In other words, they have bound the data format from the start to specific hardware implementations, which were rare even then. This put an extra burden on the archivers who would necessarily have to convert it later. (Maybe this reflects the general attitude in a country where power is still measured by horses, and people are weighed by stones :-)) Once data is digitized, it would certainly fare much better if it was kept in the most simple form; I suspect it would have been easier to rescue even if it was all put on punched cards!
In fairness, that was always the plan. The original schedule when Phoenix landed in May was to operate for three months during the Martian summer, but it worked well enough that they extended the mission twice until it ran out of sunlight. I wonder why they didn't design it to go to sleep and try waking it up when the days get longer. Perhaps they figure that by then there will be so much dust on it that it won't get enough sunlight to restart. John Levine, firstname.lastname@example.org, http://www.johnlevine.com Primary Perpetrator of "The Internet for Dummies",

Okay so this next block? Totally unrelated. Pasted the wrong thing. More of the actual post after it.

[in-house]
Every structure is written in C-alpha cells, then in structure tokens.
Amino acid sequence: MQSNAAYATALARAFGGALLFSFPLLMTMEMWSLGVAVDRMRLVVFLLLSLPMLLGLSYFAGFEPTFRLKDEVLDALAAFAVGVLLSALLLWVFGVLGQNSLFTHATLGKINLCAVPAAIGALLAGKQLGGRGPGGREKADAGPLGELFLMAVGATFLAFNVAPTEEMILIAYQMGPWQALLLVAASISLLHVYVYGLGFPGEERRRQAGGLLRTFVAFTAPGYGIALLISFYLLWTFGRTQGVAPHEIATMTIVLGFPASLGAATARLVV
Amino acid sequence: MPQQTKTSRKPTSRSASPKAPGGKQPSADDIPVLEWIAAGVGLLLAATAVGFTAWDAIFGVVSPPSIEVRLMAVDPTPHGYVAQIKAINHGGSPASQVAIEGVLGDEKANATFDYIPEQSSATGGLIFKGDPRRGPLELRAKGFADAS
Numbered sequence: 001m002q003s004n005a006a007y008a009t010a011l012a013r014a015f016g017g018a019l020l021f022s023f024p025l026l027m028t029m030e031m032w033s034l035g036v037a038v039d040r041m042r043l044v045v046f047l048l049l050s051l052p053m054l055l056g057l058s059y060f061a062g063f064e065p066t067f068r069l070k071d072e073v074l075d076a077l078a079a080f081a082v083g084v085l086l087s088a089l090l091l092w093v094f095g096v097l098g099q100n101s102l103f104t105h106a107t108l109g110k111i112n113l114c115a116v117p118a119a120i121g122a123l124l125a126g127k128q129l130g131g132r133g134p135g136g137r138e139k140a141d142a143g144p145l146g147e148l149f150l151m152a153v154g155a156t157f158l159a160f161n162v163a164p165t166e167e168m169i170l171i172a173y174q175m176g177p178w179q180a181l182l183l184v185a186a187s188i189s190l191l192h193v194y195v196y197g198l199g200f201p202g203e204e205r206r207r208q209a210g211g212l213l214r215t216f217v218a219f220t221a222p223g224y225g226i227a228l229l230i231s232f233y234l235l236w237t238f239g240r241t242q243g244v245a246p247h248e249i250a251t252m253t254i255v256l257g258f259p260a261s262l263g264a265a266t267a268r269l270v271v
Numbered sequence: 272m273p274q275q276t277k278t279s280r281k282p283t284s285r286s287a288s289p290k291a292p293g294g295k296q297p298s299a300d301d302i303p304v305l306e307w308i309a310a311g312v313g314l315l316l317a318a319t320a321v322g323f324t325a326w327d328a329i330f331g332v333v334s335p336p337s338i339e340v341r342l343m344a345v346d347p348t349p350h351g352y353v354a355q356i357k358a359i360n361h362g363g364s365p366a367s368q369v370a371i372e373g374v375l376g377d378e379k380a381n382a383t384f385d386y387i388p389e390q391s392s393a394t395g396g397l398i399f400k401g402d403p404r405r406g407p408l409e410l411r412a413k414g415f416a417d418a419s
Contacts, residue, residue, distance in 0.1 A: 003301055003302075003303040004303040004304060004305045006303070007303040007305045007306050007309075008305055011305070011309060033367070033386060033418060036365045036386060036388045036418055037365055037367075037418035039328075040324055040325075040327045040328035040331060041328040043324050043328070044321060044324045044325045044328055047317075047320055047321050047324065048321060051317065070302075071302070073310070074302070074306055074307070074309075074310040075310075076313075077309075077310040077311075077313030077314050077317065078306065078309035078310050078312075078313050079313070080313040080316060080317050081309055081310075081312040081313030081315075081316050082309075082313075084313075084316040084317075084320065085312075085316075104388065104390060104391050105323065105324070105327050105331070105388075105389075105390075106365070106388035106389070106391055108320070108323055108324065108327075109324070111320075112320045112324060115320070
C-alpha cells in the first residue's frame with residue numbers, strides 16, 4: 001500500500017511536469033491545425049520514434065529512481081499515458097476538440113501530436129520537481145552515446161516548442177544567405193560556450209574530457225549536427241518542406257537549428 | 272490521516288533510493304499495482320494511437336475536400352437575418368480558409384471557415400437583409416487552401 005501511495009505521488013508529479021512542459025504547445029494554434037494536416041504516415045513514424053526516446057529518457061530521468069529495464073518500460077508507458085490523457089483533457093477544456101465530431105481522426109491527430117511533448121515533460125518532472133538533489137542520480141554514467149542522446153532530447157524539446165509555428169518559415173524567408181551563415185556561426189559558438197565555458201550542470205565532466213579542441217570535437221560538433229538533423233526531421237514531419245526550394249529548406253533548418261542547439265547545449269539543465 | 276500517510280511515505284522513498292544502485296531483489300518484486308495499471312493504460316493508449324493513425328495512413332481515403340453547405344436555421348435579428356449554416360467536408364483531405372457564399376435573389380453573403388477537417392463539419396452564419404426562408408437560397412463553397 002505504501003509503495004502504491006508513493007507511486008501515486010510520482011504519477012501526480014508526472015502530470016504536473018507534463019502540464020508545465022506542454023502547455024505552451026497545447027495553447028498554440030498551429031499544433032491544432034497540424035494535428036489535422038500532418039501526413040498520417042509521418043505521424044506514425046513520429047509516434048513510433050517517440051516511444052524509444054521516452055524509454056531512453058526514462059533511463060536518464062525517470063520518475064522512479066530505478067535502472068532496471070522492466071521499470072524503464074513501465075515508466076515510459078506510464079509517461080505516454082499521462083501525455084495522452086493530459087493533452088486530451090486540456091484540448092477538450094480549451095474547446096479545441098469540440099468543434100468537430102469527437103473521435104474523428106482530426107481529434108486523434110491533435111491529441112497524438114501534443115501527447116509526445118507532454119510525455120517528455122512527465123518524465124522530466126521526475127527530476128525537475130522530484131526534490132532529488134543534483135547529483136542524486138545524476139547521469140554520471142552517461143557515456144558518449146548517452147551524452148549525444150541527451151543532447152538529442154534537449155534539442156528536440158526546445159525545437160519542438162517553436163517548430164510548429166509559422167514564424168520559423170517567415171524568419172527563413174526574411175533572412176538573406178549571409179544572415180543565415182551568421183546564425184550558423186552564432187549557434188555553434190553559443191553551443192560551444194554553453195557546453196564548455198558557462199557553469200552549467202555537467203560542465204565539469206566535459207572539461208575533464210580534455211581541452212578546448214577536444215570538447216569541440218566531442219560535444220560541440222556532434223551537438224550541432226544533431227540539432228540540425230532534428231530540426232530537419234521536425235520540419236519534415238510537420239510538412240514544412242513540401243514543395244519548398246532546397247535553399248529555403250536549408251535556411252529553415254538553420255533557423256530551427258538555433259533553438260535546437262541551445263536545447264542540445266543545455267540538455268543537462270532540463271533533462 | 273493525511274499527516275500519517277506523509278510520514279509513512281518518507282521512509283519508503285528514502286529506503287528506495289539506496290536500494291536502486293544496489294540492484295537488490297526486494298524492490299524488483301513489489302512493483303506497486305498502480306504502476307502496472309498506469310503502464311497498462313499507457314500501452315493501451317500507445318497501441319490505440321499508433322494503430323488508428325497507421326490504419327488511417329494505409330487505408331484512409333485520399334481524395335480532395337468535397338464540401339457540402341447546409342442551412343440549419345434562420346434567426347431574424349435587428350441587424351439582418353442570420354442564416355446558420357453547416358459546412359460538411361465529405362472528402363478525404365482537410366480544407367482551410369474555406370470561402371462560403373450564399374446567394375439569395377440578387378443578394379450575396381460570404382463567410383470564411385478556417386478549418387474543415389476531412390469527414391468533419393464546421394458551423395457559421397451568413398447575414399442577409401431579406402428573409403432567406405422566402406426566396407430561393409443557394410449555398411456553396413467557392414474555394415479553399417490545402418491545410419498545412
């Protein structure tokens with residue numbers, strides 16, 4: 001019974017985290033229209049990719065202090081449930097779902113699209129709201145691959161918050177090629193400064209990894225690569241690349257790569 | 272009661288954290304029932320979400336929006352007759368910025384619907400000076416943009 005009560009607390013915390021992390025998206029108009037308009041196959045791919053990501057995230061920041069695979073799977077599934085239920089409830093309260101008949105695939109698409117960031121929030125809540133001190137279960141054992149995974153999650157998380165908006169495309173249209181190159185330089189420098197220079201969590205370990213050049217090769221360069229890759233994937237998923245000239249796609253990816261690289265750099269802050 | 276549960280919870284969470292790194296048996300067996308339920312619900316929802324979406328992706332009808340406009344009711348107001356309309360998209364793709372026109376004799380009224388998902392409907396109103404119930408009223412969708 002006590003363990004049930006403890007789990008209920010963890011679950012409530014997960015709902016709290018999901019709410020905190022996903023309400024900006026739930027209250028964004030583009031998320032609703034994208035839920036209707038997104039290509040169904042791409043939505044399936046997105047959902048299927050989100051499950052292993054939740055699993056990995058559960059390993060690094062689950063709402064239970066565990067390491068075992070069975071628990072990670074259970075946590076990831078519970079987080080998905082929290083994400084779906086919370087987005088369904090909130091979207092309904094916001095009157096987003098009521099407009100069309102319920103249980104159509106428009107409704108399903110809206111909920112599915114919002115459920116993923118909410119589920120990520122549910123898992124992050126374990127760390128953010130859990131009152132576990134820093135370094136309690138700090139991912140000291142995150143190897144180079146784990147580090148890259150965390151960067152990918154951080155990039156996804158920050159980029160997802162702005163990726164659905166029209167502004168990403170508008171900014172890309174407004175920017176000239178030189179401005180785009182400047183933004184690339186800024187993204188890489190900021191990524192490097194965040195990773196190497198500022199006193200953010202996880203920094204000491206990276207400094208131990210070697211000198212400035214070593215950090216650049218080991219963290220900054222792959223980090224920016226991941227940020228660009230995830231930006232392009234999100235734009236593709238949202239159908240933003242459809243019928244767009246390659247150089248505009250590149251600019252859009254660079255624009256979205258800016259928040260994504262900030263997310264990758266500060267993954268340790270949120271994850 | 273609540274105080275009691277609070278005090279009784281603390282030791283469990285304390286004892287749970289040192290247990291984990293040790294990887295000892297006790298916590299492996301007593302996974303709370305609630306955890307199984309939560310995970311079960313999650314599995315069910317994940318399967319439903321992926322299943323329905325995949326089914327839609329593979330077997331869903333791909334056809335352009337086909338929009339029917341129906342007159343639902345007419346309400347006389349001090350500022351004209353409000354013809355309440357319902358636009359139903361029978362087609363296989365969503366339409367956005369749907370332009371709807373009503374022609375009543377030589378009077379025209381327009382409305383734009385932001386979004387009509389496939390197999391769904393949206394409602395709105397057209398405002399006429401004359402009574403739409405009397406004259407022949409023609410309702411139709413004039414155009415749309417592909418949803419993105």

It's not Excel auto-formatting. It's a breakdown in the communication of significance between those who know what something means and those who just manipulate spreadsheets without knowing what they mean; compounded by last-minute rush and pressure and lack of supervision. see http://www.sysmod.com/praxis/prax0811.htm Some of my comments are: "A maximum of one minute checking time, then. If you delegate work, you have the responsibility to check it. Spotting 179 differences in 1000 rows is not that hard. Lawyers always work with paper evidence, so a simple check would have been to print the excel sheet as received, print the PDF, and visually compare the pagination. If they had had to do it by midnight, then at least the largest numbers could be checked in 15-20 mins. After all, even with the late submission by the client, counsel had nearly four hours just to look at it and convert it to PDF. If the check had been done on Sept 18, much embarrassment would have been spared." "Let's look at the interface between client and lawyer. Clients should be able to expect well-paid lawyers to exercise vigilance and help protect the clients against themselves. As well as their first job which is to review the substantive content of documents, it should be standard practice in to review all received files for metadata and hidden data. It could be hidden text in a Word document, blacked-out text in a PDF, or file properties in an Office document that reveal identities. However, lawyers are rather expensive IT reviewers, so for one's own protection, one should review documents both in content and form before release. Form includes not just hidden data, but anything that is not manifestly clear to the parties involved and could be a source of confusion. Is "Y/N" in column Z a sufficient indicator, and was its significance made plain?" I have not read about the judgment yet on the case which was due Nov. 5 Patrick O'Beirne, Systems Modelling Ltd. http://www.sysmod.com/ (+353)(0) 5394 22294